Now image that you could focus your tablets camera on the device and step by step instructions were provided for how to troubleshoot the problem, or better yet provided a bird’s eye view for a remote technician. A built-in algorithm or the technician instructs you on what to do and instructions are supplemented by arrows, highlighting or some other tool to guide you. In this case you being guided on how to fix the problem with information that augments your view of the product. The problem would be fixed quickly, accurately and you will be up and running again.
Big Data: The Hidden Bonus of xR Training
The focus of this report has been on the psychological and brain-based advantages of xR in manufacturing, but there is another advantage of xR technologies that is equally important and that is the promise of actionable data. With these technologies one can quickly obtain subjective ratings of confidence, satisfaction and engagement, or develop objective tests to determine whether learning has actually occurred and to challenge the learner. These can be combined with eye gaze and heat map patterns that provide a direct window onto attentional processes and engagement, or haptic data to provide real-time behavioral feedback. These data can be used to speed iteration toward optimal solutions and to quantify the ROI associated with xR technologies.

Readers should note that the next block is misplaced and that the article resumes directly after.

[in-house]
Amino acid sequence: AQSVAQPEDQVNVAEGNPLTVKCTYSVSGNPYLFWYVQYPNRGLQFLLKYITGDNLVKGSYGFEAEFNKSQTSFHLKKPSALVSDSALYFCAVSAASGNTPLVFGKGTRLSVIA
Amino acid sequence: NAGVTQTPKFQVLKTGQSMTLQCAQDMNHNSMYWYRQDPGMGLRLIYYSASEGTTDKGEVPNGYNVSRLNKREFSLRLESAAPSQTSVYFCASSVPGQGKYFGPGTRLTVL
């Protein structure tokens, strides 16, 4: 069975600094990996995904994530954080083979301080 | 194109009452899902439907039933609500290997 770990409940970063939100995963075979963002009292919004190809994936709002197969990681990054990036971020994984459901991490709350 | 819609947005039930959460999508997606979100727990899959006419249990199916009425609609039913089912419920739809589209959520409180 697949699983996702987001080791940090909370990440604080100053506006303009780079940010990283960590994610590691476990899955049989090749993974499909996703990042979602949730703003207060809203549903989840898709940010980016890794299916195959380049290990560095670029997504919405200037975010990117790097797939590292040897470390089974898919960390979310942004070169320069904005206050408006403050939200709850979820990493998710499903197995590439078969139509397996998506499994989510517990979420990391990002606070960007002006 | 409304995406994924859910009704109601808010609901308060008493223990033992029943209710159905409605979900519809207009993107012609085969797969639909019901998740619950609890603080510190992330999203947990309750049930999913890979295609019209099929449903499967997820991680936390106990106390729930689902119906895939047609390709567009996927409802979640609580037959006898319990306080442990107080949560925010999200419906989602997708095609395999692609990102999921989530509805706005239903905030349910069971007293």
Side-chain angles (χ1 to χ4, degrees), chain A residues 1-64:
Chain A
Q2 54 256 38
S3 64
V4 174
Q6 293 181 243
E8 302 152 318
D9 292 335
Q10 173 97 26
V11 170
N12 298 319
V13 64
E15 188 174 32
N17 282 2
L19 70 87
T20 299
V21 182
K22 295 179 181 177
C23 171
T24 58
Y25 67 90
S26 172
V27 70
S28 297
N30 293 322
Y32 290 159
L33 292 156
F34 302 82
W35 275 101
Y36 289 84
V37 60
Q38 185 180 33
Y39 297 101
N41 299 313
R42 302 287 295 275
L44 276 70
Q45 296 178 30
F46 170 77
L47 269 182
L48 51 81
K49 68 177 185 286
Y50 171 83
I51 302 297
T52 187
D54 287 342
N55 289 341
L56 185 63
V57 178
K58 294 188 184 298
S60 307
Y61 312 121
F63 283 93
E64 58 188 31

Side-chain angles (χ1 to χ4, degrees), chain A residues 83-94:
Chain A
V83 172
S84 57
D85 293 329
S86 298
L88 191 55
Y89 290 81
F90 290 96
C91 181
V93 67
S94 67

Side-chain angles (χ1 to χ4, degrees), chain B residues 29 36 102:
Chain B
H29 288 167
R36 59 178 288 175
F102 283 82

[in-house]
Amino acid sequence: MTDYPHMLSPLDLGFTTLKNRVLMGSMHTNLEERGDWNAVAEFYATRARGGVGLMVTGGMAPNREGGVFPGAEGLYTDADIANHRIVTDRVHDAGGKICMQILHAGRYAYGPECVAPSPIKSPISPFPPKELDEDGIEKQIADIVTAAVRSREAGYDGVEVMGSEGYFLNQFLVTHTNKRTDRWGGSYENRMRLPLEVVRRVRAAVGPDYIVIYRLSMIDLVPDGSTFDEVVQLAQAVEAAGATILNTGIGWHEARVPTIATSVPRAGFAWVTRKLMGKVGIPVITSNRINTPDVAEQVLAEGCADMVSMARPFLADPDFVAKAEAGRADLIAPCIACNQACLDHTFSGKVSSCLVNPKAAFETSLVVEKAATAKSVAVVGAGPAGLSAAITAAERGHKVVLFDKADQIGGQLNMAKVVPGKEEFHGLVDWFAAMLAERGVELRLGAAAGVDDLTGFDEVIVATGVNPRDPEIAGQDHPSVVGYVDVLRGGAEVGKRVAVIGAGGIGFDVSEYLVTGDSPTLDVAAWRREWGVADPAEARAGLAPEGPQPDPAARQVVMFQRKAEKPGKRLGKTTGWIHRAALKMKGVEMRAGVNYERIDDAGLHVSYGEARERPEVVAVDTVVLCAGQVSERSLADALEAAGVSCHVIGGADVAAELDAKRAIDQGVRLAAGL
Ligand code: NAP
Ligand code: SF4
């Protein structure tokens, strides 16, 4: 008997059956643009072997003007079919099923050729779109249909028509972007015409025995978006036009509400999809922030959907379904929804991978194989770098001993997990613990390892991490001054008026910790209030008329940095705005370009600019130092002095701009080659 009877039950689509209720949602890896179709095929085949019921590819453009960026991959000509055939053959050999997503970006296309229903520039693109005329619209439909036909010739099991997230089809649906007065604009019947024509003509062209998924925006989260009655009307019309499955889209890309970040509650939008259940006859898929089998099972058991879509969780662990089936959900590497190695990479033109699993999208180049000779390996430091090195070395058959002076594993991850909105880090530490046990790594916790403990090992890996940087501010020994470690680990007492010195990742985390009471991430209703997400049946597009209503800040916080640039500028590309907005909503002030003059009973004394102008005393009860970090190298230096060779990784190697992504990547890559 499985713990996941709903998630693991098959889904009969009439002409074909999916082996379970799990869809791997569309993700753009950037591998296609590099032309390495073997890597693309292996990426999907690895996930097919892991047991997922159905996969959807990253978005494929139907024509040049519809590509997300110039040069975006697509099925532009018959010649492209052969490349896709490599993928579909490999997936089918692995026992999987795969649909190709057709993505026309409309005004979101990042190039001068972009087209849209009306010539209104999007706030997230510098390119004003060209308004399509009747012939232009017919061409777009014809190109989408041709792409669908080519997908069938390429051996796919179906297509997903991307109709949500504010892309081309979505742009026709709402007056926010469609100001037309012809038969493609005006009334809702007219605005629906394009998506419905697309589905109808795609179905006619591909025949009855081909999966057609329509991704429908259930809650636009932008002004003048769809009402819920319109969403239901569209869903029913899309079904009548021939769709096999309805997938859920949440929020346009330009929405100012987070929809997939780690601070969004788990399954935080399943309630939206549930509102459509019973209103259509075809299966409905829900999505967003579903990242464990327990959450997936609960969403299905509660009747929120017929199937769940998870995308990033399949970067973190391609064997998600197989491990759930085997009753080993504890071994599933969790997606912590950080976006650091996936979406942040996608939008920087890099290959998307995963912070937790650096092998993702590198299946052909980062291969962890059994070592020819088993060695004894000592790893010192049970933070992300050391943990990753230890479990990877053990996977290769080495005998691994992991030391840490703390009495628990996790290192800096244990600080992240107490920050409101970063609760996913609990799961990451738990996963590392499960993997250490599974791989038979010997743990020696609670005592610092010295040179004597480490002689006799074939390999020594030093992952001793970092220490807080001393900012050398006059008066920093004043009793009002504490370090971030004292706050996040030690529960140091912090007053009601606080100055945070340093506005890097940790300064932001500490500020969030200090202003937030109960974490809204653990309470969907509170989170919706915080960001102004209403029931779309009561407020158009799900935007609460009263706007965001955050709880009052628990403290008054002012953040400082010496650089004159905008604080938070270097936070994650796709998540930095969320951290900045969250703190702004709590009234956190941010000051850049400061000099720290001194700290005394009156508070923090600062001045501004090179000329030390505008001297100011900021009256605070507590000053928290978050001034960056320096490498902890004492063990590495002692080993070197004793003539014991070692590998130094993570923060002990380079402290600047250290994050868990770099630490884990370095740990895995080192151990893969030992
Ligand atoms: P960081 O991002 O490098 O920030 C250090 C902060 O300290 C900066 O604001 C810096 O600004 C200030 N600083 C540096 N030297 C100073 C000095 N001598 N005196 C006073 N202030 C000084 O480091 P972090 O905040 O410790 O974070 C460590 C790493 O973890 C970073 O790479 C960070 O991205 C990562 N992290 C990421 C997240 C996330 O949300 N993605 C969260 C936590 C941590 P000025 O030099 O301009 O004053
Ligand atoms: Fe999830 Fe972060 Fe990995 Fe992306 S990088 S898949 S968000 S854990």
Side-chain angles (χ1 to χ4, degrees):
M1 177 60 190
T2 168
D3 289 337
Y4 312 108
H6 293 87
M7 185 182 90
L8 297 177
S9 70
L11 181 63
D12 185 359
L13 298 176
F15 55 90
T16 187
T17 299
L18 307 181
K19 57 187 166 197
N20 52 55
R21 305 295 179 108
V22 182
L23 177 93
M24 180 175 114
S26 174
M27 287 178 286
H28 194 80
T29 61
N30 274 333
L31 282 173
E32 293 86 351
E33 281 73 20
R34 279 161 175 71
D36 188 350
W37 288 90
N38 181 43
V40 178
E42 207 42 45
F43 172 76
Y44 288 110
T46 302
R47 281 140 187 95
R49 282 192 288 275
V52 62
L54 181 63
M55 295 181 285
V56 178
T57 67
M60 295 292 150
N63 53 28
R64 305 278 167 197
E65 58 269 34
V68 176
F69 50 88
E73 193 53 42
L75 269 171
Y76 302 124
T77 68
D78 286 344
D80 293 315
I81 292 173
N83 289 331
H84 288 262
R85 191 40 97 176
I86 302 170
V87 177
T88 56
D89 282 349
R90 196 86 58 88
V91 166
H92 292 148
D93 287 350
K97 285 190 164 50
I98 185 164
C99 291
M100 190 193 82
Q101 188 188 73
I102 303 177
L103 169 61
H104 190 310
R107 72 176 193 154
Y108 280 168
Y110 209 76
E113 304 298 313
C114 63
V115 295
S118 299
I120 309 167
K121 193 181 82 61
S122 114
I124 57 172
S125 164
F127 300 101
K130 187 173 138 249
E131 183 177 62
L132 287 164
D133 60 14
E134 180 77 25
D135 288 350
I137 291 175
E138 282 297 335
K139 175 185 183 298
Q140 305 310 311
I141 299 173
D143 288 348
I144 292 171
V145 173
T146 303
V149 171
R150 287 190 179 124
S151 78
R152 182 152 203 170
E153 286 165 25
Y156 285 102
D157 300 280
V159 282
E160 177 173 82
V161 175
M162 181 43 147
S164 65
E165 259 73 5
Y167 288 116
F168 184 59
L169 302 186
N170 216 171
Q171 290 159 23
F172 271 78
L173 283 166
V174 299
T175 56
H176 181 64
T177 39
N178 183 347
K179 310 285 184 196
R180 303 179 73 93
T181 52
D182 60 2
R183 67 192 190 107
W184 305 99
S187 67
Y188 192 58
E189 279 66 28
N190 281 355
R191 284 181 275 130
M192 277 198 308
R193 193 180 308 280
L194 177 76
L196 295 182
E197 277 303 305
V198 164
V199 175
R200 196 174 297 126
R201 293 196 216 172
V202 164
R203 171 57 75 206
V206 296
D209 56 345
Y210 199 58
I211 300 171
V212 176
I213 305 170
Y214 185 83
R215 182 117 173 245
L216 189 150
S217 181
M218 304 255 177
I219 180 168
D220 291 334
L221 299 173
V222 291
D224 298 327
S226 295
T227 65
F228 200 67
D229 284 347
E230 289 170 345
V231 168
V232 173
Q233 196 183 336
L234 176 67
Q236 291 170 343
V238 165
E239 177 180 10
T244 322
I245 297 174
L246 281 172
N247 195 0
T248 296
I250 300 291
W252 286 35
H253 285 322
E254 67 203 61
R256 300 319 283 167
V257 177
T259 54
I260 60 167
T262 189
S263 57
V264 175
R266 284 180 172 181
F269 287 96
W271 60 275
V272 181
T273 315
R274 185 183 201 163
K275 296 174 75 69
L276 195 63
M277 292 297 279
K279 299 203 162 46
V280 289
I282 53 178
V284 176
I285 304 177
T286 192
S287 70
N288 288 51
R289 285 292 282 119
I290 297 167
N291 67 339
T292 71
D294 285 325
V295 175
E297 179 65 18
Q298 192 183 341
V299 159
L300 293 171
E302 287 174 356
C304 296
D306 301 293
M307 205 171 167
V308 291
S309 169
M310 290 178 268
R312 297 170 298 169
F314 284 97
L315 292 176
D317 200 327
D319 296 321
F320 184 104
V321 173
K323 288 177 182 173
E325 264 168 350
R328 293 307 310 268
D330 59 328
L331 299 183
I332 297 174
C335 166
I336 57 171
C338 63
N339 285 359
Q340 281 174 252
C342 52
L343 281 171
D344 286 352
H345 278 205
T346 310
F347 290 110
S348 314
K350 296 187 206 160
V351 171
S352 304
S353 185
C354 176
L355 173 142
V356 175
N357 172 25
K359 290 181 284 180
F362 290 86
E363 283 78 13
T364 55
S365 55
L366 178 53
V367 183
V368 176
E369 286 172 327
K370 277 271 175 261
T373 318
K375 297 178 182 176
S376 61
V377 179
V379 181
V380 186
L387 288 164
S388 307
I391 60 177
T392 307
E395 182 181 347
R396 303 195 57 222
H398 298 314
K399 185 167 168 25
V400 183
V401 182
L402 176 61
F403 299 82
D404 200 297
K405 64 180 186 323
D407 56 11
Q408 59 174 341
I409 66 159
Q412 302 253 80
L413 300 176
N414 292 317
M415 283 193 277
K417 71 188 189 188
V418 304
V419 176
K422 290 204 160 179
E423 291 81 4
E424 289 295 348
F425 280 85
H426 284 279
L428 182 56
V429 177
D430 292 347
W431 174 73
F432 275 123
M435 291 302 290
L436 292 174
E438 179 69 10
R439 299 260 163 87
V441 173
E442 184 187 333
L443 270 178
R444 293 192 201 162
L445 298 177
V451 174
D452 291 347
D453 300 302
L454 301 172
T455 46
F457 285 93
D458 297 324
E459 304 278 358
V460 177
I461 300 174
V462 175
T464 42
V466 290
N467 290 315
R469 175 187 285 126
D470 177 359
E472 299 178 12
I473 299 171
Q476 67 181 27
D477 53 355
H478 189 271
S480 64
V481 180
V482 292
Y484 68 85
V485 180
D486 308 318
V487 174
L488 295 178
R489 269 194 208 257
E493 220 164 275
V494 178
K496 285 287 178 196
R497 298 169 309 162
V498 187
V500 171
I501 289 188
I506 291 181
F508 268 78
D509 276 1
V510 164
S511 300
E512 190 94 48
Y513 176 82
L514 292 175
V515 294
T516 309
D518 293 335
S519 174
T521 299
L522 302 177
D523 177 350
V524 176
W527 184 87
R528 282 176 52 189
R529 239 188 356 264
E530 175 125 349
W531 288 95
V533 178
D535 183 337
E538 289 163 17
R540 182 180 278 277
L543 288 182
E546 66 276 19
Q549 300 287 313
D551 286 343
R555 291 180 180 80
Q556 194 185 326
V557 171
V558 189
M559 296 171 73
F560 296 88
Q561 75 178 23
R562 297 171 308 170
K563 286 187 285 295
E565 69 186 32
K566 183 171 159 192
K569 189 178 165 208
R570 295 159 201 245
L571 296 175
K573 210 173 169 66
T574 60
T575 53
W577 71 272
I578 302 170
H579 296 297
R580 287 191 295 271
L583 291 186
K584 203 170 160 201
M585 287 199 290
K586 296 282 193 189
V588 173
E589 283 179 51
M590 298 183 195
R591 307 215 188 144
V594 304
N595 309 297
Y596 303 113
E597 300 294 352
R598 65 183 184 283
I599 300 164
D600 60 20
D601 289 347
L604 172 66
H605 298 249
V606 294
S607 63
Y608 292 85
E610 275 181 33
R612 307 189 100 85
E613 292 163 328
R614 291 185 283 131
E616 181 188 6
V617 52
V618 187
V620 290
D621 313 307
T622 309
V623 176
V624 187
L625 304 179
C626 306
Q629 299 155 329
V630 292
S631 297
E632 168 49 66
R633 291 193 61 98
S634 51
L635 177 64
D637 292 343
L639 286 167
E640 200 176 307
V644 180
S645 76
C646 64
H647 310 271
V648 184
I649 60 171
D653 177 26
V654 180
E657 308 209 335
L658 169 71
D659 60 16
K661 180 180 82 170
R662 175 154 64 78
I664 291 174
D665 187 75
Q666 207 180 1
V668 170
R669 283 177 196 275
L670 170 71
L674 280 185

Quality Content and Optimized User Experiences
AR and VR technologies offer promise as effective tools for manufacturing by facilitating broad engagement of cognitive, behavioral and experiential systems in the brain that are critical in manufacturing. A note of caution though. Although these tools have great potential in manufacturing, the tool in and of itself will not meet this challenge. These tools provide augmented and virtual experiences and information to human users.
Thus, the augmented and virtual content and temporal presentation of the content must be optimized for human consumption. Augmented information can reduce the cognitive load, but can also overload the user. Virtual information must be realistic and lead to a veridical sense of “presence”. Optimization follows from good experimental testing and modification. Fortunately, the rich and broad set of real-time data that can be extracted from AR and VR technologies makes this a viable and realistic prospect.
For companies looking to get into Immersive technologies our VR Consultancy service offers comprehensive support in strategic deployment of Virtual, Augmented and Mixed Reality
Todd Maddox is Science, Sports and Training Correspondent at Tech Trends, and the CEO of Cognitive Design and Statistical Consulting. Follow him on Twitter @wtoddmaddox